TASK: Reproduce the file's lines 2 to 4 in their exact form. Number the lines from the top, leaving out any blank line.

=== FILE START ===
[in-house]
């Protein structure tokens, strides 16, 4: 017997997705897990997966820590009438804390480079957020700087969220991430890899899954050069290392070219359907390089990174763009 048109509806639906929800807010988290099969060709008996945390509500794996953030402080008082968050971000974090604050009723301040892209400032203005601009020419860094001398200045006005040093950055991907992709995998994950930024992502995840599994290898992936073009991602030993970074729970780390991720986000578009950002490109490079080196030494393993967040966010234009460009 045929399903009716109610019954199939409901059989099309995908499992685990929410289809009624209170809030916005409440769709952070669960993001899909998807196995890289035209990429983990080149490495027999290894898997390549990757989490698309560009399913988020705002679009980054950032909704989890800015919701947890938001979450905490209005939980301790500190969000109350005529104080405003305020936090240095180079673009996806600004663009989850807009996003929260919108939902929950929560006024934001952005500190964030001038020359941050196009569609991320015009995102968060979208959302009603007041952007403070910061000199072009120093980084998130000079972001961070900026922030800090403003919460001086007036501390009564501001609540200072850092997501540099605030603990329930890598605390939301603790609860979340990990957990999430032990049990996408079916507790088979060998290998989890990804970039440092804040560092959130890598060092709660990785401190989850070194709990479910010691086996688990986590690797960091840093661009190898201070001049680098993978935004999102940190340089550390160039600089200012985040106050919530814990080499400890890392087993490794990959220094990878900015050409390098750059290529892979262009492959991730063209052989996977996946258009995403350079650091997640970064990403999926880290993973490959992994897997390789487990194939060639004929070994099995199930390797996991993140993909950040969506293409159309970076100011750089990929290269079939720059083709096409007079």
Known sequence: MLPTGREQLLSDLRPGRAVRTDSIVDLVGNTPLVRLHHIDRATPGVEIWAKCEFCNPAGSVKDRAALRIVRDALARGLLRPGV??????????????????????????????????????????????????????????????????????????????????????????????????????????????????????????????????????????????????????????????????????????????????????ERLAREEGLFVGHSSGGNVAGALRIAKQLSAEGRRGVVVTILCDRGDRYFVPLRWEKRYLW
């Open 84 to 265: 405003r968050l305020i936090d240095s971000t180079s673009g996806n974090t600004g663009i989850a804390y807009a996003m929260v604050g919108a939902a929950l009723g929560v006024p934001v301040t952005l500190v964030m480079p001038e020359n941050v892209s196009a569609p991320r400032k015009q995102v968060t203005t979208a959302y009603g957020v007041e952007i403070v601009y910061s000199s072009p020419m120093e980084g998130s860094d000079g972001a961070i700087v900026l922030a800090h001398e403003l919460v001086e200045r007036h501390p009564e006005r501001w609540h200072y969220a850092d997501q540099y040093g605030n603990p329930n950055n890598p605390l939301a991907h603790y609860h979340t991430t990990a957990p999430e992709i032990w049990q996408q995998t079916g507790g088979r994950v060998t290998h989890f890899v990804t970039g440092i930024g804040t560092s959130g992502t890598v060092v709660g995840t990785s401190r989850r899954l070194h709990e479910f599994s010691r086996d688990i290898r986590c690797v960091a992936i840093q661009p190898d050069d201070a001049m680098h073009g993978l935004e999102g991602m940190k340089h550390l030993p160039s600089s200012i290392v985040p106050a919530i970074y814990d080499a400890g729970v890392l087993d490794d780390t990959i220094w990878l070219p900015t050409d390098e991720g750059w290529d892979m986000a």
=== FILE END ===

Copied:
């Protein structure tokens, strides 16, 4: 017997997705897990997966820590009438804390480079957020700087969220991430890899899954050069290392070219359907390089990174763009 048109509806639906929800807010988290099969060709008996945390509500794996953030402080008082968050971000974090604050009723301040892209400032203005601009020419860094001398200045006005040093950055991907992709995998994950930024992502995840599994290898992936073009991602030993970074729970780390991720986000578009950002490109490079080196030494393993967040966010234009460009 045929399903009716109610019954199939409901059989099309995908499992685990929410289809009624209170809030916005409440769709952070669960993001899909998807196995890289035209990429983990080149490495027999290894898997390549990757989490698309560009399913988020705002679009980054950032909704989890800015919701947890938001979450905490209005939980301790500190969000109350005529104080405003305020936090240095180079673009996806600004663009989850807009996003929260919108939902929950929560006024934001952005500190964030001038020359941050196009569609991320015009995102968060979208959302009603007041952007403070910061000199072009120093980084998130000079972001961070900026922030800090403003919460001086007036501390009564501001609540200072850092997501540099605030603990329930890598605390939301603790609860979340990990957990999430032990049990996408079916507790088979060998290998989890990804970039440092804040560092959130890598060092709660990785401190989850070194709990479910010691086996688990986590690797960091840093661009190898201070001049680098993978935004999102940190340089550390160039600089200012985040106050919530814990080499400890890392087993490794990959220094990878900015050409390098750059290529892979262009492959991730063209052989996977996946258009995403350079650091997640970064990403999926880290993973490959992994897997390789487990194939060639004929070994099995199930390797996991993140993909950040969506293409159309970076100011750089990929290269079939720059083709096409007079």
Known sequence: MLPTGREQLLSDLRPGRAVRTDSIVDLVGNTPLVRLHHIDRATPGVEIWAKCEFCNPAGSVKDRAALRIVRDALARGLLRPGV??????????????????????????????????????????????????????????????????????????????????????????????????????????????????????????????????????????????????????????????????????????????????????ERLAREEGLFVGHSSGGNVAGALRIAKQLSAEGRRGVVVTILCDRGDRYFVPLRWEKRYLW
């Open 84 to 265: 405003r968050l305020i936090d240095s971000t180079s673009g996806n974090t600004g663009i989850a804390y807009a996003m929260v604050g919108a939902a929950l009723g929560v006024p934001v301040t952005l500190v964030m480079p001038e020359n941050v892209s196009a569609p991320r400032k015009q995102v968060t203005t979208a959302y009603g957020v007041e952007i403070v601009y910061s000199s072009p020419m120093e980084g998130s860094d000079g972001a961070i700087v900026l922030a800090h001398e403003l919460v001086e200045r007036h501390p009564e006005r501001w609540h200072y969220a850092d997501q540099y040093g605030n603990p329930n950055n890598p605390l939301a991907h603790y609860h979340t991430t990990a957990p999430e992709i032990w049990q996408q995998t079916g507790g088979r994950v060998t290998h989890f890899v990804t970039g440092i930024g804040t560092s959130g992502t890598v060092v709660g995840t990785s401190r989850r899954l070194h709990e479910f599994s010691r086996d688990i290898r986590c690797v960091a992936i840093q661009p190898d050069d201070a001049m680098h073009g993978l935004e999102g991602m940190k340089h550390l030993p160039s600089s200012i290392v985040p106050a919530i970074y814990d080499a400890g729970v890392l087993d490794d780390t990959i220094w990878l070219p900015t050409d390098e991720g750059w290529d892979m986000a």